James Tyrrell Photographic Collection at the Powerhouse
The Tyrrell Photographic Collection at the Powerhouse Museum is made up of around 7,900 glass plate negatives taken between 1885 and the 1930s, which were collected by the Sydney bookseller James Tyrrell. Tyrrell was born in Sydney in 1875 and in 1888 started work or the Sydney bookshop, Angus and Robertson. In 1905 he set up his own business and by the mid 1920s Tyrrell had established well known, if not terribly profitable, book and curiosity shops in Sydney.
Perhaps fuelled by his interest in Australian and Pacific books and photographs, Tyrrell acquired in 1923 the establishment of 'Tost & Rohu', dealers in taxidermy and Pacific and Aboriginal artefacts. Some photographs from the collection were used to illustrate the catalogues of Aboriginal and Pacific Island material he sold, while others were sold through the establishment of 'Tost and Rohu' as bromide prints.
2,900 of the glass plate negatives (85/1284) are credited to the Sydney photographer Charles Kerry and were purchased around 1929 after Charles Kerry and Co. had folded. Almost all of these negatives were 21.5 x 20.3 cm (10 x 8 inch) glass plates and many of those now held by the Powerhouse Museum collection would have been used to create postcards.
Another 1,300 glass plate negatives (85/1285) are credited to another famous Australian photographer, Henry King. A further 3,000 glass plates (85/1286) are from unattributed sources dating from the 1880s right through to the 1930s. The latter cover a wide variety of subject matter which includes Sydney Streets, New South Wales landscapes, World War One portraits and images of the Harbour Bridge from the early 1930s.
It also appears that while many of these images are currently unattributed it is likely that a proportion of them are in fact part of the Charles Kerry and Henry King collections purchased by Tyrrell in 1929. Some of those from Papua New Guinea appear to have been taken by Reverend Lawes and may have been acquired by Henry King in the 1890s.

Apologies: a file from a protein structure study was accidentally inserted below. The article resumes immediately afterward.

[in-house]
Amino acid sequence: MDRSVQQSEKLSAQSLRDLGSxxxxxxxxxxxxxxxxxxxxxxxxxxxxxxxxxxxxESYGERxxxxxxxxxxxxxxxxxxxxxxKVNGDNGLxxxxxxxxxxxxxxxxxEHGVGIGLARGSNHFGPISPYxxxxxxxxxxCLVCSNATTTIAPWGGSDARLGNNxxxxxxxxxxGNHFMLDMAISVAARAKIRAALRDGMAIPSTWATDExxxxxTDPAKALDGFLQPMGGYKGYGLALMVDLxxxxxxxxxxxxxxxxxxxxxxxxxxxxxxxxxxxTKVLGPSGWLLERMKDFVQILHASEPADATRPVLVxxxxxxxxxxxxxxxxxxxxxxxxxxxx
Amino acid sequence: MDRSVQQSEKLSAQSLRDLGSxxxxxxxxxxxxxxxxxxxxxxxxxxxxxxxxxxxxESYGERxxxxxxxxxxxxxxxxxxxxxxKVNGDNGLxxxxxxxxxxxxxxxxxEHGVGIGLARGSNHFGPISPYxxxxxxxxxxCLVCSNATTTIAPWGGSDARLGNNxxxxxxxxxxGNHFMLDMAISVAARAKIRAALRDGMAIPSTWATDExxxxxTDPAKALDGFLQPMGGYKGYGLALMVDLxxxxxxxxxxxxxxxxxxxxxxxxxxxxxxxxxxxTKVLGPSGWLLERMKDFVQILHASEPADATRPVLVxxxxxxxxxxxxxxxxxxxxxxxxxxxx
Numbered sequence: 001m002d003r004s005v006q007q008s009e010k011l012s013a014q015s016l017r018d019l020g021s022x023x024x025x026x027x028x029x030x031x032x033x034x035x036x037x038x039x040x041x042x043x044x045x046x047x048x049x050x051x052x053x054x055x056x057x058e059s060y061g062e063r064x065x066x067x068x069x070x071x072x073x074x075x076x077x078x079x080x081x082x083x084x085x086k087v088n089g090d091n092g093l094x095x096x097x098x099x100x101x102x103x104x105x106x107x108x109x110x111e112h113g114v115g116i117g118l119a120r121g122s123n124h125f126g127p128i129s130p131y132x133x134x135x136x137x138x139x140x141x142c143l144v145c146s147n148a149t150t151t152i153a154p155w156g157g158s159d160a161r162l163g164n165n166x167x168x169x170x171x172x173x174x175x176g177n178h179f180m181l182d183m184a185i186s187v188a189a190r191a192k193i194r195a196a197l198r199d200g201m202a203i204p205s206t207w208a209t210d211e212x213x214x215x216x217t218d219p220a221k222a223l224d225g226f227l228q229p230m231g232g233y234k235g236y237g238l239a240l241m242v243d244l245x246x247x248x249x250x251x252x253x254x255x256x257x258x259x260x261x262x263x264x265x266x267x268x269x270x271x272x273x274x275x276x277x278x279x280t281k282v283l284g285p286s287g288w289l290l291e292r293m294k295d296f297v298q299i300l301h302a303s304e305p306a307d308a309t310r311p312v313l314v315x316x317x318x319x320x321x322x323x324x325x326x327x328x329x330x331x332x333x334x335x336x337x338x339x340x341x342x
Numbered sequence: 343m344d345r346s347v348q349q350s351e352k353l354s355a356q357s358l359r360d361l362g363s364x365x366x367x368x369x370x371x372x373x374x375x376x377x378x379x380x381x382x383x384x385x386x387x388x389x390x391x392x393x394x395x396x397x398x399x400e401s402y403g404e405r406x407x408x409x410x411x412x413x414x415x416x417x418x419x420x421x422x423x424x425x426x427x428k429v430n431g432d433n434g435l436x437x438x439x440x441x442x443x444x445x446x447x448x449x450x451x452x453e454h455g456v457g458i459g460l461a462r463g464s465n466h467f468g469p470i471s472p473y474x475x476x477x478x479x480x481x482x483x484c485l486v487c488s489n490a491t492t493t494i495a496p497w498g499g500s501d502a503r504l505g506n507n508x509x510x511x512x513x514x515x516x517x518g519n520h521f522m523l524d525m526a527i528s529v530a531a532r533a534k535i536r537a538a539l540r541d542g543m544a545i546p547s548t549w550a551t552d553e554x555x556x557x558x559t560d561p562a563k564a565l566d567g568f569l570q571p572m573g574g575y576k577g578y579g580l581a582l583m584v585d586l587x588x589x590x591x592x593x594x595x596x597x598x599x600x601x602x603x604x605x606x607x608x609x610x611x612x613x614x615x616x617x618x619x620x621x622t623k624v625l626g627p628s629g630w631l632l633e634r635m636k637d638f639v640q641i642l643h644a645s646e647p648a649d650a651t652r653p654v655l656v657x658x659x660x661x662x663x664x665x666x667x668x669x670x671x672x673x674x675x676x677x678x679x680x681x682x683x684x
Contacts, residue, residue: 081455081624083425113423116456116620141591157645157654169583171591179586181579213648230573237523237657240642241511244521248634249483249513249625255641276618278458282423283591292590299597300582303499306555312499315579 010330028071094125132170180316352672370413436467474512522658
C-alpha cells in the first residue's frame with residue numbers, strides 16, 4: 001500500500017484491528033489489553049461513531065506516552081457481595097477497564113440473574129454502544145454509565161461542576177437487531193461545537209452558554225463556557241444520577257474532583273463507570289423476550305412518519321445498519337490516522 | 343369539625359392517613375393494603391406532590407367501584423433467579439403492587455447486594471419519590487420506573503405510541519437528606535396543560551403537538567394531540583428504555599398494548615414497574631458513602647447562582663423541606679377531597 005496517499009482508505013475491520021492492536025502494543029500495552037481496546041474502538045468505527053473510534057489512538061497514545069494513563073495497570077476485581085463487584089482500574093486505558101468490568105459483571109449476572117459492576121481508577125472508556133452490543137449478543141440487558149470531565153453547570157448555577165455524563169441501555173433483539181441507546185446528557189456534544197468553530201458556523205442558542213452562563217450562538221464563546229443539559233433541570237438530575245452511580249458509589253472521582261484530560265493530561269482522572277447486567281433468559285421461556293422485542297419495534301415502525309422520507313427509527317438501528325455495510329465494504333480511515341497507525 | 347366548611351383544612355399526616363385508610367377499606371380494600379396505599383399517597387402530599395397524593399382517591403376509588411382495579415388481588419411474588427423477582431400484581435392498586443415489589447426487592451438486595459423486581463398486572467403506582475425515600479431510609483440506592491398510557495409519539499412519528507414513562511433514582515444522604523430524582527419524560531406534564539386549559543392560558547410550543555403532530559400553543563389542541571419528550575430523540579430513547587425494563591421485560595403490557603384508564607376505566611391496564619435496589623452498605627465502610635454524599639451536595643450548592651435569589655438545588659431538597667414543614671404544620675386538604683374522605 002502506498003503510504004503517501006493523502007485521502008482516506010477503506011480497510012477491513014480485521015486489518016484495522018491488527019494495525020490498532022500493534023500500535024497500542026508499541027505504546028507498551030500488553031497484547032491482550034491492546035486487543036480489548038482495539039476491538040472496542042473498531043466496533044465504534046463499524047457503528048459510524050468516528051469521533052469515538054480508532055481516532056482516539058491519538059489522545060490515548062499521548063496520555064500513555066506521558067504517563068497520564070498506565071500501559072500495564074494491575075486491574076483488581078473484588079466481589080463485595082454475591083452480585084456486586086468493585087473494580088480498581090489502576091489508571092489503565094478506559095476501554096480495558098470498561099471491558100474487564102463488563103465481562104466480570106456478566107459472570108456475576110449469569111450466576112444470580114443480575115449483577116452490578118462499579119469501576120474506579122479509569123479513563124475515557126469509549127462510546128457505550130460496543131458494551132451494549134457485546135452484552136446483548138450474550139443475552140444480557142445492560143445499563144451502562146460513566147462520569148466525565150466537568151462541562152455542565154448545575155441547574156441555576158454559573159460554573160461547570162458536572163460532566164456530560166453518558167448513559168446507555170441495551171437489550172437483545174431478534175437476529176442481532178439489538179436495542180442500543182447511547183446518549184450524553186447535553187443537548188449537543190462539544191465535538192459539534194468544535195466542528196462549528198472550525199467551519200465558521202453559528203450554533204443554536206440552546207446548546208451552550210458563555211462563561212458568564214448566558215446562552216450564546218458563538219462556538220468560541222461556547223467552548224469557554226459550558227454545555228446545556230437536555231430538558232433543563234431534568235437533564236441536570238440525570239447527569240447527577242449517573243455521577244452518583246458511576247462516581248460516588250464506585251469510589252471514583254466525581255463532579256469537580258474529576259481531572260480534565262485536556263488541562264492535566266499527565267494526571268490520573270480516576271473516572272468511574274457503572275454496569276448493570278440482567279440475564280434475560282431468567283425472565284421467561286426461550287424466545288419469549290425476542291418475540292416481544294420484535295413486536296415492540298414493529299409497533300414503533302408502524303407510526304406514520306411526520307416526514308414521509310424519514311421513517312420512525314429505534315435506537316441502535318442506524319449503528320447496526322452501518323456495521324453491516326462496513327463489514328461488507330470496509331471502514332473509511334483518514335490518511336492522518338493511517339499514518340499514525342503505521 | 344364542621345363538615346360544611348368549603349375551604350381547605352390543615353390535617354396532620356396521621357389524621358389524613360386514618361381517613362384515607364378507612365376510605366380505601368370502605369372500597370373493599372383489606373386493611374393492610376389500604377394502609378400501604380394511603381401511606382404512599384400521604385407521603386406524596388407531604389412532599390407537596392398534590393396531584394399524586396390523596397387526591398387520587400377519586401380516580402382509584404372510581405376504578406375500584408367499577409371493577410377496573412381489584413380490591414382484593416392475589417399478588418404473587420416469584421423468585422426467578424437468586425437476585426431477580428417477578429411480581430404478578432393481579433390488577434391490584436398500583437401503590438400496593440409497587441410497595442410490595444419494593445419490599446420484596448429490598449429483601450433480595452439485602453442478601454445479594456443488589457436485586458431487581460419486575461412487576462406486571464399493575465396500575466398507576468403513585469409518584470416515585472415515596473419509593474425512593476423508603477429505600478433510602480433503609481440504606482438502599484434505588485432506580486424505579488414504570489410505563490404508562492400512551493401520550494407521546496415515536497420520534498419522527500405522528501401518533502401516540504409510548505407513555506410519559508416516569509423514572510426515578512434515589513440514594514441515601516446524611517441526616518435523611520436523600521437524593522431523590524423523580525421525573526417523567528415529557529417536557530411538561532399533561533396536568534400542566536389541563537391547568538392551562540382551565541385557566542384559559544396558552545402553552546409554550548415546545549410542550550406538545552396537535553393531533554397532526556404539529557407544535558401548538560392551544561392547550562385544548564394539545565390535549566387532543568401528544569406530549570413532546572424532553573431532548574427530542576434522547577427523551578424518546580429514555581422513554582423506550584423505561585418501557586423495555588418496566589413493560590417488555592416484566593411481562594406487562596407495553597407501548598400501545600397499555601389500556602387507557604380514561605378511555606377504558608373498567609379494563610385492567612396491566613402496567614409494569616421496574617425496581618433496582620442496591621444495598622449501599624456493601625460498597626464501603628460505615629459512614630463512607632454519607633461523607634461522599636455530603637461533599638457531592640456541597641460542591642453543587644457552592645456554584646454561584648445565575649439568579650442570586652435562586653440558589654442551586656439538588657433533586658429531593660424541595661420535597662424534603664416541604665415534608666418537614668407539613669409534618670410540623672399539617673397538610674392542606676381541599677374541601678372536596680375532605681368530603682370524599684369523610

David Millar in his book on Charles Kerry also comments on how Tyrrell's purchase from Kerry contained a number of World War One portraits and the ones in this unattributed section may also be by Kerry & Co. Other photographs, like those of Sydney Harbour Bridge, were taken after both Kerry and King had died and must have been later acquisitions by either James Tyrrell or Australian Consolidated Press who purchased Tyrrell's collection of photographs in 1980.
Charles Kerry and Co. and Henry King images were used by James Tyrrell to produce booklets and views of New South Wales and as late as 1943 Tyrrell was still receiving requests for the use of Kerry & Co. photographs from authors like Charles Barrett who wanted to use images of Wailwan people from New South Wales in his new publication.
The photographic collection acquired by James Tyrrell, although full of iconic Australian images, does not appear to have been fully utilised by its owner. When it was purchased by Australian Consolidated Pressin 1980 they almost immediately set about producing a limited series of 2,000 contact prints of highlights of the collection for libraries and museums in New South Wales.
In 1985 they donated the collection to the Powerhouse Museum. The collection at this time consisted of 7,903 glass plate negatives and 7,916 contact positive prints; of these, 493 glass plates were damaged but usable and 13 plates totally broken.
Geoff Barker, Curatorial, December, 2008
Leibovic, Joseph, Henry King, 1855 - 1923, auction catalogue, Joesph Leibovic Gallery, Paddington, Australia, date unknown
Millar, David P., Charles Kerry's Federation Australia, David Ellis Press, Sydney, 1981
Newton, Gael, Shades of Light; Photography and Australia 1839 - 1988, Australian National Gallery, Canberra, 1988
Tyrell, James, Australian Aboriginal and South Sea Islands Implements, Weapons and Curios, James Tyrell, Sydney, 1929
Mitchell Library, Original Manuscripts, H6049
Mitchell Library, Original Manuscripts, H6051
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